As for level design, Halo 2’s maps are constrained to open arenas connected by corridors. The larger arenas sometimes come close, but nothing really quite captures the feeling of Halo: CE’s more open environments and battlefields. Despite being more linear, the backtracking and repetitious sections are mostly absent, and even when present, aren’t anything like the more tedious sections of Halo: CE. For better or for worse, Halo 2 feels a lot closer to a modern first person shooter than its predecessor. One other difference I noted was how the later levels often feel more chaotic in Halo 2. “Containment Zone” for example, features some insane battles as Elites, Covenant loyalists, Forerunner drones, and the Flood all go at it, often with an array of vehicles and powerful weapons to spice things up. The insanity translates into more of a challenge on higher difficulties too. Playing this on “Heroic” difficulty once again, many of these encounters felt a bit untuned, with too many enemies that were a bit too bullet-spongy for my tastes, even if they were a bit less frustrating than the harder encounters in Halo: CE.

Hooray for vehicle damage?
“Hooray for vehicle damage?”

So, while none of the above is bad per say, in fact most people would call most of these changes improvements, for someone who loved Halo: CE but didn’t get caught up in the hype around Halo 2, all added up, it was a bit of a hard pill to swallow. I still dabbled with Halo 2, of course, occasionally playing a few matches of Slayer with my brother and my dad, but it didn’t come anywhere close to pulling me away from my PC. In fact, I don’t think I ever made any real attempt to get into the single player campaign until years later when I made a concerted effort to beat all of my old Xbox games before finally moving on to the Xbox 360.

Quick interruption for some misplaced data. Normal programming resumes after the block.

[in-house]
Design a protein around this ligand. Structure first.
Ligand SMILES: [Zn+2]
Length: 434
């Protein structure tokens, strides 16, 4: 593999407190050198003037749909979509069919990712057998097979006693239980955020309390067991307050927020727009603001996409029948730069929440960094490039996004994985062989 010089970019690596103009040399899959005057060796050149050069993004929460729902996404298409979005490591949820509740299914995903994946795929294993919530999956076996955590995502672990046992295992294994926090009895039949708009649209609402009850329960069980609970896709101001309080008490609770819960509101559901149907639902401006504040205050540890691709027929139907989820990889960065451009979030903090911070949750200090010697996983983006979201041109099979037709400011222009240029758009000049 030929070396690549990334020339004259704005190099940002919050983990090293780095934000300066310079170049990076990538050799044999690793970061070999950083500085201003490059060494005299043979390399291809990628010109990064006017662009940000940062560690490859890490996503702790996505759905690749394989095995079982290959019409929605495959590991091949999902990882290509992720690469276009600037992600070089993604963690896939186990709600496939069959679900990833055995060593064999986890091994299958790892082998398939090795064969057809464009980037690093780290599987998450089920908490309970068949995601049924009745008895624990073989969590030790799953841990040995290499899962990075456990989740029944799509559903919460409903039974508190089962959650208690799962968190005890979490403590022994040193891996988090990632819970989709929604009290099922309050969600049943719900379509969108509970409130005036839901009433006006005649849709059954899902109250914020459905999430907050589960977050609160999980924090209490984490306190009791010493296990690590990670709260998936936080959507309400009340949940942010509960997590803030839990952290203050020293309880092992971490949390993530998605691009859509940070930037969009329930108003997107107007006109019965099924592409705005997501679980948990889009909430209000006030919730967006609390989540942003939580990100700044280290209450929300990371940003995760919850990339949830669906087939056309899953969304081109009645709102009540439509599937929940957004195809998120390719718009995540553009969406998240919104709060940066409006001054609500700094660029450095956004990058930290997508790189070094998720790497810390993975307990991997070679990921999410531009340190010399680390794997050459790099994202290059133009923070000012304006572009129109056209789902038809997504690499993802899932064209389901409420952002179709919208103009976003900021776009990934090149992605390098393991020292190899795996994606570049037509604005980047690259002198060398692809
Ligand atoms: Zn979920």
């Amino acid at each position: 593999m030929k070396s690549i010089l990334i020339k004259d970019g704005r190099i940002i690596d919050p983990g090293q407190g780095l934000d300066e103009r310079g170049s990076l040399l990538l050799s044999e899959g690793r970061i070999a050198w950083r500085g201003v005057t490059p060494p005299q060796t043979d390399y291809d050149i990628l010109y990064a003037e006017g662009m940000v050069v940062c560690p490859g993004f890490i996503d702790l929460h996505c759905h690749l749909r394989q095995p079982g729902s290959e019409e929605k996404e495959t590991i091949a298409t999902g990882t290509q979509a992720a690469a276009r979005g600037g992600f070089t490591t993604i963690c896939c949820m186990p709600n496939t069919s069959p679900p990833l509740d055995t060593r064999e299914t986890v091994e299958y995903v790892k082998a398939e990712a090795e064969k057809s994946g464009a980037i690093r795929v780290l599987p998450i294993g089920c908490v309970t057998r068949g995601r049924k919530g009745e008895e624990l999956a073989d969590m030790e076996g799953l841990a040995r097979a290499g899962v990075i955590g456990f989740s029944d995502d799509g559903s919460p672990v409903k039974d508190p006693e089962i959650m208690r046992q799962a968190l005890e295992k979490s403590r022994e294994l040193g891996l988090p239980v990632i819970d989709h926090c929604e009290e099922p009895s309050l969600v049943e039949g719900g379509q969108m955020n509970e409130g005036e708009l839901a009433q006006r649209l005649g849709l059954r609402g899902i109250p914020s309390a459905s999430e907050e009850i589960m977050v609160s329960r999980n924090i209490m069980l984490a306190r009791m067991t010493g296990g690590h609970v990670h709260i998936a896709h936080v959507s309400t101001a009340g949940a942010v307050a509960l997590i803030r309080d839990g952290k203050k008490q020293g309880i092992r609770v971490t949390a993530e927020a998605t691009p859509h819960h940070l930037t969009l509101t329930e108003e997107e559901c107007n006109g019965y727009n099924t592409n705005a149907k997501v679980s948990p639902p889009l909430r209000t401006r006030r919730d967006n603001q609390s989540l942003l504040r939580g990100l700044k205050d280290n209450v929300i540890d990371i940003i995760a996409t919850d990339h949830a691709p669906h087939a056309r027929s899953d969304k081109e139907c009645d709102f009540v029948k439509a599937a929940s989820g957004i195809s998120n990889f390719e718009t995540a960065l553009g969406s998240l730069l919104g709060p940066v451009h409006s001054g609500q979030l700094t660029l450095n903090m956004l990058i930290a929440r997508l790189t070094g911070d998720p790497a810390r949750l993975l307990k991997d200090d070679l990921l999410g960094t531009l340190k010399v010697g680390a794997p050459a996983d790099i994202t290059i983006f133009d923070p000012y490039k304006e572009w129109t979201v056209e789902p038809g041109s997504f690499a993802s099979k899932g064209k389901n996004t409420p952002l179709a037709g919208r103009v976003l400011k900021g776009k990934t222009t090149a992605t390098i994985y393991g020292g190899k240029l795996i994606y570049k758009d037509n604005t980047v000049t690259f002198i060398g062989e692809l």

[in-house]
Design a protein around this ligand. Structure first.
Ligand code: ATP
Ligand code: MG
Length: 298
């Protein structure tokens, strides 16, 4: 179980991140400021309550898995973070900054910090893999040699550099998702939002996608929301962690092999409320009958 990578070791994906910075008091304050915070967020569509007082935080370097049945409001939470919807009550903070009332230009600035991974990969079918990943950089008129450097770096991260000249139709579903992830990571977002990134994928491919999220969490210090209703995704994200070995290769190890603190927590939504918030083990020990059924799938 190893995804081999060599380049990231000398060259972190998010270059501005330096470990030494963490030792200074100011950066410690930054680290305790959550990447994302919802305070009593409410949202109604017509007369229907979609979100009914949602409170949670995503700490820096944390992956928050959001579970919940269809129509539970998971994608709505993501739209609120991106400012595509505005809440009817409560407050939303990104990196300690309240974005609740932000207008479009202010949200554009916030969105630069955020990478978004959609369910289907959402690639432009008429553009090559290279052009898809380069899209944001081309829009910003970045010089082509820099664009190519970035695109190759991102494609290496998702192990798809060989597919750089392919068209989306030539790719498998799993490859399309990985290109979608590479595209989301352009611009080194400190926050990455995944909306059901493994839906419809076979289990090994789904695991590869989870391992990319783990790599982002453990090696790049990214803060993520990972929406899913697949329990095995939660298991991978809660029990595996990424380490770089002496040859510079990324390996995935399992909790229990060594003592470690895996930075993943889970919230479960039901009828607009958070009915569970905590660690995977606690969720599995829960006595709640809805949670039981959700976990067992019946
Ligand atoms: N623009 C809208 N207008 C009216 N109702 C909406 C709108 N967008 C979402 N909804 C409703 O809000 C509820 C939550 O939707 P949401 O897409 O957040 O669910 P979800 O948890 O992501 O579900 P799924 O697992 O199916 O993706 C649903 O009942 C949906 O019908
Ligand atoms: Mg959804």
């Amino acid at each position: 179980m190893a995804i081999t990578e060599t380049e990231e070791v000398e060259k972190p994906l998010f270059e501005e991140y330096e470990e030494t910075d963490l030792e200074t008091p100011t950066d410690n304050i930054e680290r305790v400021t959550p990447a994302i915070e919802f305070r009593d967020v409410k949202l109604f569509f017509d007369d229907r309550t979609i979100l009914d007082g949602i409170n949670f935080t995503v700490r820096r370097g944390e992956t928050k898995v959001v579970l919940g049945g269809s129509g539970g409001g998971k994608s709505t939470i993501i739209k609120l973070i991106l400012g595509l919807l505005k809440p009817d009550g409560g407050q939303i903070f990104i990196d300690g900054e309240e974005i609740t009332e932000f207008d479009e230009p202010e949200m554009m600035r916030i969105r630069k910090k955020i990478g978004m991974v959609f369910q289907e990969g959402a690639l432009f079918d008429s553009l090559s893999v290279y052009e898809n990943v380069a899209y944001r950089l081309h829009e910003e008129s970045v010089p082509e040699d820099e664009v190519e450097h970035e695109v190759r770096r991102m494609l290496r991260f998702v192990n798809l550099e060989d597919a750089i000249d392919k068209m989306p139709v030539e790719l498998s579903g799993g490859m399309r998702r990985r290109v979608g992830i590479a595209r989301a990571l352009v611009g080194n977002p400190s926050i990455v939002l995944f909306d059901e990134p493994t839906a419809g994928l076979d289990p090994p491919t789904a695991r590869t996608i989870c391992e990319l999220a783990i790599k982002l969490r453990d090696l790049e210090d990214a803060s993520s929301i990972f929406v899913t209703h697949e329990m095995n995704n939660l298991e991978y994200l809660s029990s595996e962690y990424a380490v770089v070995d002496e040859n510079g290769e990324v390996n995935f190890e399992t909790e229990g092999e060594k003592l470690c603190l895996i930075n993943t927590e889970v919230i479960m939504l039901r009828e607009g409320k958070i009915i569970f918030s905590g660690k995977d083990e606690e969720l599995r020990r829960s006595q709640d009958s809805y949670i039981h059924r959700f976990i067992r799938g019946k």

One aspect of Halo 2 that was closer to universally unpopular was the addition of a second protagonist. You take control of the Arbiter, an Elite who had been entrusted with a series of special missions which has him ultimately crossing paths with the Master Chief by the end of the campaign. A lot of people hated playing this random alien instead of their beloved Spartan, but I and many others actually thought the Arbiter’s story was pretty damn cool, as was the addition of a new Covenant adversary key to this storyline in the powerful Brutes. Perhaps spreading the missions where you play as the Arbiter out a bit more and having less of them overall would have helped avoid people feeling that the Master Chief was being overshadowed, but who knows.

As with last time, for this playthrough I played Halo 2: Anniversary, included with the Xbox One Master Chief Collection. Like with Halo: CE, this was my first time playing the Anniversary edition remaster, so naturally I’ll pick the particulars of this version apart a little too.